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Protein Sci. 1993 Nov;2(11):1959-65.

Heme biosynthesis in mammalian systems: evidence of a Schiff base linkage between the pyridoxal 5'-phosphate cofactor and a lysine residue in 5-aminolevulinate synthase.

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Department of Biochemistry and Molecular Biology, College of Medicine, University of South Florida, Tampa 33612.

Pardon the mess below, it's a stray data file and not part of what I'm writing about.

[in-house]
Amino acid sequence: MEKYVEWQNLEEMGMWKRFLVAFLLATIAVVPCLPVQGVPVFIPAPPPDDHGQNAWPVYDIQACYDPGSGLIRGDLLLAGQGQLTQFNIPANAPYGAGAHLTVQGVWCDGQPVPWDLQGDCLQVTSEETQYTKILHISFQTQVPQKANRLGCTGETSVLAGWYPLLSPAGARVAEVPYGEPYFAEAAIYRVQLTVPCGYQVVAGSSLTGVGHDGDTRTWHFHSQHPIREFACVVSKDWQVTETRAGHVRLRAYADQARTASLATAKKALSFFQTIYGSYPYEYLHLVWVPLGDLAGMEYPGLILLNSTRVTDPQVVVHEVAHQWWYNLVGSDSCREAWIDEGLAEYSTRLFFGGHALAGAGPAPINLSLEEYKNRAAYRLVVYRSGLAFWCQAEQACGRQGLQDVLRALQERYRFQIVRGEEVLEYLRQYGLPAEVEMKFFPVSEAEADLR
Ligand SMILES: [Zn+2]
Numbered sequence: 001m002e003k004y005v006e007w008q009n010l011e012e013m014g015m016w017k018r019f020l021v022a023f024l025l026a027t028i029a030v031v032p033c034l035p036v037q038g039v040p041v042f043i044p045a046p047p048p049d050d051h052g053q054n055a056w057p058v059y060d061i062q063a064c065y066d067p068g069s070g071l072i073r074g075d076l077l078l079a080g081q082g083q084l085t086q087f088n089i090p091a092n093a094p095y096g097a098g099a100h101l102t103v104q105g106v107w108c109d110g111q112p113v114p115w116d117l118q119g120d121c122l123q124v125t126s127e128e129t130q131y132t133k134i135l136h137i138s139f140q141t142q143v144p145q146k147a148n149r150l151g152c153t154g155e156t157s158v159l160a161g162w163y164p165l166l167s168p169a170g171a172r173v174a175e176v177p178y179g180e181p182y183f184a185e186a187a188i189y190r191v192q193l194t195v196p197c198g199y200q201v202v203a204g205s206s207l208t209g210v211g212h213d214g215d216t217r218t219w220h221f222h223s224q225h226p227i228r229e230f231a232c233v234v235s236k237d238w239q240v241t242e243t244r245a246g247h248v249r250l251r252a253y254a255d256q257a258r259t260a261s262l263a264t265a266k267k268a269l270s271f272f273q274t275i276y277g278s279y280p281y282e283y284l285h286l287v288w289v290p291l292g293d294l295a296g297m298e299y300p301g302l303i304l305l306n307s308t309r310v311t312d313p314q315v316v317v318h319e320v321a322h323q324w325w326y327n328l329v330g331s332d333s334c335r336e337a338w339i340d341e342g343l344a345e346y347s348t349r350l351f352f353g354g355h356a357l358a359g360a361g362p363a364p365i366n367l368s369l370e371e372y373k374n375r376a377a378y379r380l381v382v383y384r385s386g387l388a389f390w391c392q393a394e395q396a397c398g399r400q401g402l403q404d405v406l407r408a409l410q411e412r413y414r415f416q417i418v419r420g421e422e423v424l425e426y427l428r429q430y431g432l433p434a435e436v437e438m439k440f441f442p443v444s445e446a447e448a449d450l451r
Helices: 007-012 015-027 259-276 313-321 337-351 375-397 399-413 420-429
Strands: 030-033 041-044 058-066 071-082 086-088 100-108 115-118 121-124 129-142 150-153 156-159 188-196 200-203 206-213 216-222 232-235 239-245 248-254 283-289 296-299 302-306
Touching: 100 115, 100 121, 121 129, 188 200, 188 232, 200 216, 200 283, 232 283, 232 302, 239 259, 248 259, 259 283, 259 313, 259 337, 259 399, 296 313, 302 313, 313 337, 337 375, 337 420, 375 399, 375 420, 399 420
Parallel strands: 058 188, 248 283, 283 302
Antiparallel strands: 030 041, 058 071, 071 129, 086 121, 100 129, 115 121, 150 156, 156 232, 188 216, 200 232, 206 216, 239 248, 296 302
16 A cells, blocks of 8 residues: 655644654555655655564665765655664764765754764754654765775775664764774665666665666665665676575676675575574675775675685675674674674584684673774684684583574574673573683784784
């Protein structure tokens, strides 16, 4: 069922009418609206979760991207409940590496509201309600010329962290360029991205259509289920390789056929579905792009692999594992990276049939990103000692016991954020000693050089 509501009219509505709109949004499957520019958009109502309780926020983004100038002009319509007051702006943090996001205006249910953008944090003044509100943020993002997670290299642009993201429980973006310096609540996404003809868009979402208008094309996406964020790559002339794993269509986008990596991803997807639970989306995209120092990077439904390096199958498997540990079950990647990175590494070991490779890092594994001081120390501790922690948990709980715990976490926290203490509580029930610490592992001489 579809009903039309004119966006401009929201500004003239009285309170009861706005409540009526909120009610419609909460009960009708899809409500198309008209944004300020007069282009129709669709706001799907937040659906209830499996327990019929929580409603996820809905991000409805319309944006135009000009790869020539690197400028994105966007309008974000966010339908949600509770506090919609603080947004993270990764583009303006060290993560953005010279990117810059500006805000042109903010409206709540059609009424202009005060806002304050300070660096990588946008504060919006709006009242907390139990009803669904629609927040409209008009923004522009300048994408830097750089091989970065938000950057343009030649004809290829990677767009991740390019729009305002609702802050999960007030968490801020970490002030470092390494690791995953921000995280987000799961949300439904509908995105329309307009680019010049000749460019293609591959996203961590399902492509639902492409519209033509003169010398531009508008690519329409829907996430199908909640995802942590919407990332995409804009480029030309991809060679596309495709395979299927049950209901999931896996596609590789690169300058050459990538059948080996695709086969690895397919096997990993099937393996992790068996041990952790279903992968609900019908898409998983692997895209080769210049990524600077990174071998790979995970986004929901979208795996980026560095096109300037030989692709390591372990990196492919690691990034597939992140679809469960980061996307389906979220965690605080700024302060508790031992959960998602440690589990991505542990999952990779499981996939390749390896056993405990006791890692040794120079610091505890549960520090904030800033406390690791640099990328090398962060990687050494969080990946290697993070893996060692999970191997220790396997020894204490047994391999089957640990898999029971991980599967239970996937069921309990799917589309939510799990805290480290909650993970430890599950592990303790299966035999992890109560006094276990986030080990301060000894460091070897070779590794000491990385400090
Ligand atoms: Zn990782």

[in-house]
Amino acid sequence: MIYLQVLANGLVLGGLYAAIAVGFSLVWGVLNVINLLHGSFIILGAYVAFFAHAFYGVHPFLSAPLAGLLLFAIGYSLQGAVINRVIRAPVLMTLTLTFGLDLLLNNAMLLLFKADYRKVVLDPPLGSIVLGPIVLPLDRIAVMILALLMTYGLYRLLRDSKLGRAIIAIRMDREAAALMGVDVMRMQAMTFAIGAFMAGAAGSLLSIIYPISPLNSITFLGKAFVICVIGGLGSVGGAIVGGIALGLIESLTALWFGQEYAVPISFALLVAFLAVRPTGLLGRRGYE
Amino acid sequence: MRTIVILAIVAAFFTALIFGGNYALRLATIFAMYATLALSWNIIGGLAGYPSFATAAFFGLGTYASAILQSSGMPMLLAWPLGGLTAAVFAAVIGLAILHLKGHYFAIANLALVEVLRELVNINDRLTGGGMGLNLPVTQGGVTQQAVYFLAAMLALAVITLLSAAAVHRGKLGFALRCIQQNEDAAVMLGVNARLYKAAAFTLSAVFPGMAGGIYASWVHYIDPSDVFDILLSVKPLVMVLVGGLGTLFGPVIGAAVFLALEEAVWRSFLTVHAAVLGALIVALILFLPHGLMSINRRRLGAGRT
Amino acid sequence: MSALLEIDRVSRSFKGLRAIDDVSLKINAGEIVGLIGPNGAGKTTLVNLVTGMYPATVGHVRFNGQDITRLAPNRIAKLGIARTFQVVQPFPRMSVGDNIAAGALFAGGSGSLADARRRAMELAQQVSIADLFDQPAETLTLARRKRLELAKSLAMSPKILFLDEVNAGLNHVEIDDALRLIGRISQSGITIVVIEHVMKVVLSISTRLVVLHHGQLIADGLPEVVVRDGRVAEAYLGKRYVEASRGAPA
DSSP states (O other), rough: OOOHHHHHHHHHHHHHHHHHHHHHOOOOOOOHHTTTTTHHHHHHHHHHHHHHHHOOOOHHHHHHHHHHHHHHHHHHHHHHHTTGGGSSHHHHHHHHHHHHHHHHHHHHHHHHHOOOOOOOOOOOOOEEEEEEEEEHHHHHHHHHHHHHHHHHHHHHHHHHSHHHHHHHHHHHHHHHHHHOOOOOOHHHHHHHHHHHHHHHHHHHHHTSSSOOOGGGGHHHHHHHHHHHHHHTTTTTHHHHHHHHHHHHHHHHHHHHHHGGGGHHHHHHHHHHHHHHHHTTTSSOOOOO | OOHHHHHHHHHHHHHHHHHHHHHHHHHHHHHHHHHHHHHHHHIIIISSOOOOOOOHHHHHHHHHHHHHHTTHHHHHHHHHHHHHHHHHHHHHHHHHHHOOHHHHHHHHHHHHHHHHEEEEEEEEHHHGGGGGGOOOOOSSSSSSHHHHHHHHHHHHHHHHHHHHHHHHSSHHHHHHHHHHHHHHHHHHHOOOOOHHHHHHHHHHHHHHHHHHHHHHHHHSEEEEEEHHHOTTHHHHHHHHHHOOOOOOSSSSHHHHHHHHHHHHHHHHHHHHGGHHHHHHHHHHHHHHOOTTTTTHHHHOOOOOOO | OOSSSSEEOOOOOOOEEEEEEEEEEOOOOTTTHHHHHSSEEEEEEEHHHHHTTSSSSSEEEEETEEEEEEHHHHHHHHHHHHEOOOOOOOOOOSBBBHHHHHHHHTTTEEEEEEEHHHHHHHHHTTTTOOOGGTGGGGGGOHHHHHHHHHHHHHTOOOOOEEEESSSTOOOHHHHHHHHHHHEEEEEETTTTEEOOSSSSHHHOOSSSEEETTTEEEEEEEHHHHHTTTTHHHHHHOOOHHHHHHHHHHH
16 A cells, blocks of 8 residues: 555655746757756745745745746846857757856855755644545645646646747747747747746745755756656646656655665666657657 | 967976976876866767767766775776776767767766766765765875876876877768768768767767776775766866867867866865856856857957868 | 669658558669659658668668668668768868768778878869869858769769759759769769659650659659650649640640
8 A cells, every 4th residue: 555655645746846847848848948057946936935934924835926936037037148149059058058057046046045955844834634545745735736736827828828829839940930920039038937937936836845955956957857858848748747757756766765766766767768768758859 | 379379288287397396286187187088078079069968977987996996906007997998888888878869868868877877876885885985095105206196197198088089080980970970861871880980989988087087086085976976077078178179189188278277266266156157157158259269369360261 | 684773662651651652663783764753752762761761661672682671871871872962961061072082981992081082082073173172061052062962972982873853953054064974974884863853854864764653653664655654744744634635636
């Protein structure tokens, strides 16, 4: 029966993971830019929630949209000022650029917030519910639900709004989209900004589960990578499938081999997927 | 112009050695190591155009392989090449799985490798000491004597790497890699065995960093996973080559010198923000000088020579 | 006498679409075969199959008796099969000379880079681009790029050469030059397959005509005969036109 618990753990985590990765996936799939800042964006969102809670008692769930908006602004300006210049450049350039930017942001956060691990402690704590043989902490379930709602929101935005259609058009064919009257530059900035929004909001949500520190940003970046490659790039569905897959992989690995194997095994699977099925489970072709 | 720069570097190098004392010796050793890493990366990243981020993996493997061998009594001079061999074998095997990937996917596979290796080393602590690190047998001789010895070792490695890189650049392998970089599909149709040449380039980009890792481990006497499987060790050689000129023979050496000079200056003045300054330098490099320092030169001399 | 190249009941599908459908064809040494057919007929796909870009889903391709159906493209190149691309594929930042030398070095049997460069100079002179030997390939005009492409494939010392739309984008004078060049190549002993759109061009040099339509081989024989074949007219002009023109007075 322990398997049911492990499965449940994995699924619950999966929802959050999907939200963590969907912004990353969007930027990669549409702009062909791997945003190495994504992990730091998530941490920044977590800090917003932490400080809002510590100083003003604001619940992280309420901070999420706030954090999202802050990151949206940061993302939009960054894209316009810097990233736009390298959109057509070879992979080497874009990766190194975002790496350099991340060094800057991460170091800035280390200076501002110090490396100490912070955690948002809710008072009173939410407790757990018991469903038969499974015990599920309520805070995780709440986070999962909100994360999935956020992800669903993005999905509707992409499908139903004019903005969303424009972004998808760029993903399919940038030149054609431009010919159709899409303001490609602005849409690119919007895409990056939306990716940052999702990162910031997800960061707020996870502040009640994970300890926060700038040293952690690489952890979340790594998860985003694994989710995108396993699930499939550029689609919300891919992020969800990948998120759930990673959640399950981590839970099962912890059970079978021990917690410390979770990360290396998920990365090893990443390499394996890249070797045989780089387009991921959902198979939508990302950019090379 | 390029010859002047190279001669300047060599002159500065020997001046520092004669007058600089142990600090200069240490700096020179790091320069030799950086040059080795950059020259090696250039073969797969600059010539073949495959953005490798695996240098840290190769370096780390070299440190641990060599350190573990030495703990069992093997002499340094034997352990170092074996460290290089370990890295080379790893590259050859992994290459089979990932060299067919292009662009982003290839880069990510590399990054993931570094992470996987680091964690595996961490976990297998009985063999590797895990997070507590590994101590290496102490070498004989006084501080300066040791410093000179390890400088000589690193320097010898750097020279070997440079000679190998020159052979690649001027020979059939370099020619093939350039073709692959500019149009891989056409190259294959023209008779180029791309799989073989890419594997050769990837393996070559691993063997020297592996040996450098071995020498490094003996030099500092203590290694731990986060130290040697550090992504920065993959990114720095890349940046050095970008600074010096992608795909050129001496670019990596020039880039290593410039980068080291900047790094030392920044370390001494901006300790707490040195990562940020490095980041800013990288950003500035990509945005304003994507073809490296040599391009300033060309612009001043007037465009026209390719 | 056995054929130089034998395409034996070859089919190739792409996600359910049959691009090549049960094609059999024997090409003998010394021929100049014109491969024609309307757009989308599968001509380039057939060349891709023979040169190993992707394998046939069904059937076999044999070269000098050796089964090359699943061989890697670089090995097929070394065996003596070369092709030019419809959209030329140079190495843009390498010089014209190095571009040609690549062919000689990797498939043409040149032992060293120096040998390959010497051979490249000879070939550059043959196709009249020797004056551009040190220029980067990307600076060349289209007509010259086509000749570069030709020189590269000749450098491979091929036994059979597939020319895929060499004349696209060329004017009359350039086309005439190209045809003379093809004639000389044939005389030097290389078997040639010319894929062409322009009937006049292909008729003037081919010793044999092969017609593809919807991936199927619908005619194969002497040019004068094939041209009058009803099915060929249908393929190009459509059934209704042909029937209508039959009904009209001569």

5-Aminolevulinate synthase is the first enzyme of the heme biosynthetic pathway in nonplant higher eukaryotes. Murine erythroid 5-aminolevulinate synthase has been purified to homogeneity from an Escherichia coli overproducing strain, and the catalytic and spectroscopic properties of this recombinant enzyme were compared with those from nonrecombinant sources (Ferreira, G.C. & Dailey, H.A., 1993, J. Biol. Chem. 268, 584-590). 5-Aminolevulinate synthase is a pyridoxal 5'-phosphate-dependent enzyme and is functional as a homodimer. The recombinant 5-aminolevulinate synthase holoenzyme was reduced with tritiated sodium borohydride and digested with trypsin. A single peptide contained the majority of the label. The tritiated peptide was isolated, and its amino acid sequence was determined; it corresponded to 15 amino acids around lysine 313, to which pyridoxal 5'-phosphate is bound. Significantly, the pyridoxyllysine peptide is conserved in all known cDNA-derived 5-aminolevulinate synthase sequences and is present in the C-terminal (catalytic) domain. Mutagenesis of the 5-aminolevulinate synthase residue, which is involved in the Schiff base linkage with pyridoxal 5'-phosphate, from lysine to alanine or histidine abolished enzyme activity in the expressed protein.

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